Before leaving the theater, Williams and Davuluri began following one another on the same social media sites that had initially been filled with such hurtful comments following her coronation.
Perhaps the only other person to wear the Miss America tiara who could identify with Davuluri and Williams is Bess Myerson, who in 1945 became the first and — to date — only Jewish woman to win the crown. Like Williams and Davuluri, Myerson had a common bond: all three represented the state of New York before winning the title.
“Well, there you go, all three New Yorkers,” Williams says with a wry laugh. “We’re the true melting pot of America, no doubt about that.”
In spite of the controversy that brought an abrupt end to Williams’ Miss America reign — a nude photo scandal that forced her to surrender the crown six weeks prematurely — Williams has arguably become the most successful Miss America in the entertainment world.
There are few aspects of the business that she’s hasn’t embraced and successfully conquered.
As an R&B recording artist, her albums and singles have hit the top of the charts and earned her 15 Grammy nominations. On television, roles in shows like Ugly Betty, Desperate Housewives and 666 Park Avenue have earned her rave reviews and three Emmy nominations.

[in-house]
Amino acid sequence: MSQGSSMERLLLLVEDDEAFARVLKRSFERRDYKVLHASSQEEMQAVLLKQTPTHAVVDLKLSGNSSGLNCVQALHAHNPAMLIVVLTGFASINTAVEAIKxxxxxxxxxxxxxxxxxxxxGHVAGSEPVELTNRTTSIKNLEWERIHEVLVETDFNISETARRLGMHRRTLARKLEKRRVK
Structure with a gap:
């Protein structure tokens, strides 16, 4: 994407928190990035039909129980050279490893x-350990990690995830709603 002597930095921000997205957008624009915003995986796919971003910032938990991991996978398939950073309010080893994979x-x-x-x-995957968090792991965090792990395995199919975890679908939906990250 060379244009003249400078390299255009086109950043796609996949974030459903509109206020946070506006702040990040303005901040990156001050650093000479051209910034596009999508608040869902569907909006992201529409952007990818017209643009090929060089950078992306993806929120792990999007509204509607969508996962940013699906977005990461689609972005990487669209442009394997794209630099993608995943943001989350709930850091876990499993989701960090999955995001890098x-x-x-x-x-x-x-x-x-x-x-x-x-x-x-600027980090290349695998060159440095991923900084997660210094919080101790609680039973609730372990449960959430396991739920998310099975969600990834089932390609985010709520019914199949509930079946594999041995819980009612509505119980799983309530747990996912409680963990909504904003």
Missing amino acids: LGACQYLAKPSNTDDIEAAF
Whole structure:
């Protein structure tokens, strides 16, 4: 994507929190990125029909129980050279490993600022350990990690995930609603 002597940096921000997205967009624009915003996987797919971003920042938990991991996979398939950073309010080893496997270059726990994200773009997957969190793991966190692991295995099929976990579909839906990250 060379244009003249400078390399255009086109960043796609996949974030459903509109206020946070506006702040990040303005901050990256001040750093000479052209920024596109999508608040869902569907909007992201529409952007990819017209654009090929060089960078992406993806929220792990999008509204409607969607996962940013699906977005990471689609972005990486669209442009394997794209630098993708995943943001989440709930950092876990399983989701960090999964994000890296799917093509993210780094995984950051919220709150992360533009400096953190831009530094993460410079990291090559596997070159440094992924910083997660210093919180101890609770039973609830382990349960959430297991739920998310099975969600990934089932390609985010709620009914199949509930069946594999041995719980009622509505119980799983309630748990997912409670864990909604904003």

She’s a Tony Award nominee for her work on Broadway and has acted in several feature films that were box office gold.
She recently followed up her Broadway appearance in The Trip to Bountiful by filming a TV adaptation of the play which will air March 8 on Lifetime. And in September, she’ll reprise her stage role in the Los Angeles production of the Horton Foote play.
“It was such an extraordinary group, and having the incredible Cicely Tyson in the role of Mother Watts, it was one of those must-see productions,” she says, praising Tyson’s Tony Award-winning performance. “And I’m so happy that I not only got a chance to do my role twice, but now I’ll get a third chance to do it [in Los Angeles].”
Because of her ability to adapt to virtually every medium in the business, being unemployed doesn’t really worry Williams — at least not too much.
“I’m lucky to always be afforded an opportunity to keep growing and working, so I’m happy,” she says. “And whenever I get nervous about not being employed, something turns up, so I’m one happy person.”